New book on cultural institutions in the Middle East

Ibraaz is pleased to announce the publication of our third book in the Visual Culture in the Middle East series, Future Imperfect: Contemporary Art Practices and Cultural Institutions in the Middle East.futureimperfect_cover

Buy the book via the Sternberg Press website and on Amazon.de.

Read the introduction, “Critical Propositions and Institutional Realities in the Middle East” by Anthony Downey, by clicking here.

#FutureImperfect critically examines the role played by cultural institutions in producing present-day and future contexts for the production, dissemination and reception of contemporary art in the Middle East and North Africa.

It offers critical contexts for a discussion that has become increasingly urgent in recent years – the role of culture in a time of conflict and globalization – and an in-depth critique of the historical state of cultural institutions in an age of political upheaval, social unrest, exuberant cultural activity, ascendant neoliberal forms of privatization, social activism, and regional uncertainty.

Organised around three key areas, Future Imperfect draws attention to the specific antagonisms that have affected cultural production across the region, both in historical and more recent post-revolutionary contexts, and offers an in-depth discussion of how cultural producers have developed alternative institutional models through their practices. How cultural institutions operate within the conditions of a global cultural economy, and alongside the often conflicting demands they place on cultural production in the region, is likewise an over-arching concern throughout this volume.

While the politics of contemporary cultural production and institutional practices in the Middle East can tell us a great deal about local and regional concerns, one of the cornerstone ambitions of this volume is to enquire into what they can also impart about the politics of global cultural production, including the multiple ways in which contemporary art practices are being reduced, willingly or otherwise, to the logic of global capital. What, in sum, is needed in terms of infrastructure for cultural production today, and how, crucially, can we speculatively propose new infrastructures and institutions in the context of present-day regional realities?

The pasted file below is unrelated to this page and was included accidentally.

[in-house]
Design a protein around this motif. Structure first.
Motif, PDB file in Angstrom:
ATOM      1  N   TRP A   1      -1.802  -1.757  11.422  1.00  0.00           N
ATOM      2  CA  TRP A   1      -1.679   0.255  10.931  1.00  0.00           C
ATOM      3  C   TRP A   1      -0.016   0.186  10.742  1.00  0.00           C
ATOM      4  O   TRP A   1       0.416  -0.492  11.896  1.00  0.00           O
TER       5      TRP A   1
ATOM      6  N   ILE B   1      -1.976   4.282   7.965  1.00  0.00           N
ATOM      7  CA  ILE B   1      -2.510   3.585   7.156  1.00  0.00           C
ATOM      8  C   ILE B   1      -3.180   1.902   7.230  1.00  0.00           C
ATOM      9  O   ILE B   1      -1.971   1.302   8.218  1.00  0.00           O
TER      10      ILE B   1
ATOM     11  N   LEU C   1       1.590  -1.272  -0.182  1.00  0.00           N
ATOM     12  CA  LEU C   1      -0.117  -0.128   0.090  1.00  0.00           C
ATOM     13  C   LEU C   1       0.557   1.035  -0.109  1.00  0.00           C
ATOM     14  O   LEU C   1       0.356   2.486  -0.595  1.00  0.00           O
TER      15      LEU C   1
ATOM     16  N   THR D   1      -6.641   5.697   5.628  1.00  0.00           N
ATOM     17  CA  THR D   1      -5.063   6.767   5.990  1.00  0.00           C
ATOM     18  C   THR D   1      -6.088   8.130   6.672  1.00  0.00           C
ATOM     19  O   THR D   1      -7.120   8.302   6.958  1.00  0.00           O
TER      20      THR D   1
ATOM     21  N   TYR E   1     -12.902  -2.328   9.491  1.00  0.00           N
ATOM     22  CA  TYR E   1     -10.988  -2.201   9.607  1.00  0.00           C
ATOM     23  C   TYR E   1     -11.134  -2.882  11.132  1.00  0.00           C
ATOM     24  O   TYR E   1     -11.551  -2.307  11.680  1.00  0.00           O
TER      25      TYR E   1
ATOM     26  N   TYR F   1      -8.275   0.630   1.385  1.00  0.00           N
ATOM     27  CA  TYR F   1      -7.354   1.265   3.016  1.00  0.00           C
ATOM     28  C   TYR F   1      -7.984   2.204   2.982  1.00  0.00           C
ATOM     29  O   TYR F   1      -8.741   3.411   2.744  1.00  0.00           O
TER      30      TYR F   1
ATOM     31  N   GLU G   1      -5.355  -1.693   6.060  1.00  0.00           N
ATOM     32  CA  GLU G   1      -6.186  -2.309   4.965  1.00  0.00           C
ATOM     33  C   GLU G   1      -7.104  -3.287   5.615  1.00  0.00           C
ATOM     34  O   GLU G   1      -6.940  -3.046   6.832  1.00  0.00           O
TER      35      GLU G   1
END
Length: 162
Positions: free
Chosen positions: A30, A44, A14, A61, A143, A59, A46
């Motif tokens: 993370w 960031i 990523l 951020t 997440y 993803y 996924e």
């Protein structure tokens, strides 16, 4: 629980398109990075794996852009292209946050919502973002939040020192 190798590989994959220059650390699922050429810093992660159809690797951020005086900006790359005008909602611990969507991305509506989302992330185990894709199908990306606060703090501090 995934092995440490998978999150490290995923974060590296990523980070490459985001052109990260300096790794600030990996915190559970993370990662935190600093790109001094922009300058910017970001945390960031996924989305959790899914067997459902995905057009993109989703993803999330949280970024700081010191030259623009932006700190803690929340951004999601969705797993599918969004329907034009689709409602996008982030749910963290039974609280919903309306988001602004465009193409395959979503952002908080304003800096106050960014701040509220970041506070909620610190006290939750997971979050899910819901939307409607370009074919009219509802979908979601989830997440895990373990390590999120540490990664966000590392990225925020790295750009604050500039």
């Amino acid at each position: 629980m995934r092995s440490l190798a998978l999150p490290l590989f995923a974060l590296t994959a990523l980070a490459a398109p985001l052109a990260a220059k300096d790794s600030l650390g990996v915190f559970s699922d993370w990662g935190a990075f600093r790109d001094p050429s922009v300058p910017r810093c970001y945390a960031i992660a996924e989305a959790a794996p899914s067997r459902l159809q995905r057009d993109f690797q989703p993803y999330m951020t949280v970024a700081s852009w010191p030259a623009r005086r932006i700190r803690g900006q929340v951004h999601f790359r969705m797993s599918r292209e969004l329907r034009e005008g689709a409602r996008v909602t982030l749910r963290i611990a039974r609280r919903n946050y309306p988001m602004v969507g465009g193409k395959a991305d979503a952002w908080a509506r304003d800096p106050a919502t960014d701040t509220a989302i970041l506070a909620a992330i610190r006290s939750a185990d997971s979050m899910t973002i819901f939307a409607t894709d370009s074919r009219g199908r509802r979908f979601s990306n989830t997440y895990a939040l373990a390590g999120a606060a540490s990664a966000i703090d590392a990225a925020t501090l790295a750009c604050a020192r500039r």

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Monira Al Qadiri, Myth Busters VIII, 2014.

Future Imperfect contains essays, interviews, and projects from contributors including Monira Al Qadiri, Hoor Al-Qasimi, Anahi Alviso-Marino, AMBS Architects, Stephanie Bailey, Eray Çaylı, Rachel Dedman, Elizabeth Derderian, Anthony Downey, Karen Exell, Reema Salha Fadda, Wafa Gabsi, Hadia Gana, Adalet R. Garmiany, Baha Jubeh, Suhair Jubeh, Amal Khalaf, Kamel Lazaar, Jens Maier-Rothe, Guy Mannes-Abbott, Doreen Mende, Lea Morin, Jack Persekian, Rijin Sahakian, Gregory Sholette, Tom Snow, Ania Szremski, Christine Tohme, Toleen Touq, Williams Wells, Ala Younis and Yasmine Zidane.

The publication is accompanied by a collection of special projects from Leila Al-Shami, Wided Rihana Khadraoui, Lois Stonock, Nile Sunset Annex, Alia Rayyan and Hussam al-Saray. Click here to view the online projects commissioned for Future Imperfect.

 

Other titles in the Visual Culture in the Middle East series, edited by Anthony Downey, include Dissonant Archives: Contemporary Visual Culture and Contested Narratives in the Middle East (2015); and Uncommon Grounds: New Media and Critical Practices in North Africa and the Middle East (2014).

 The production of this book was accomplished through the generous support of the Kamel Lazaar Foundation.

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Five offbeat art spaces to seek out in Istanbul

Five offbeat art spaces to seek out in Istanbul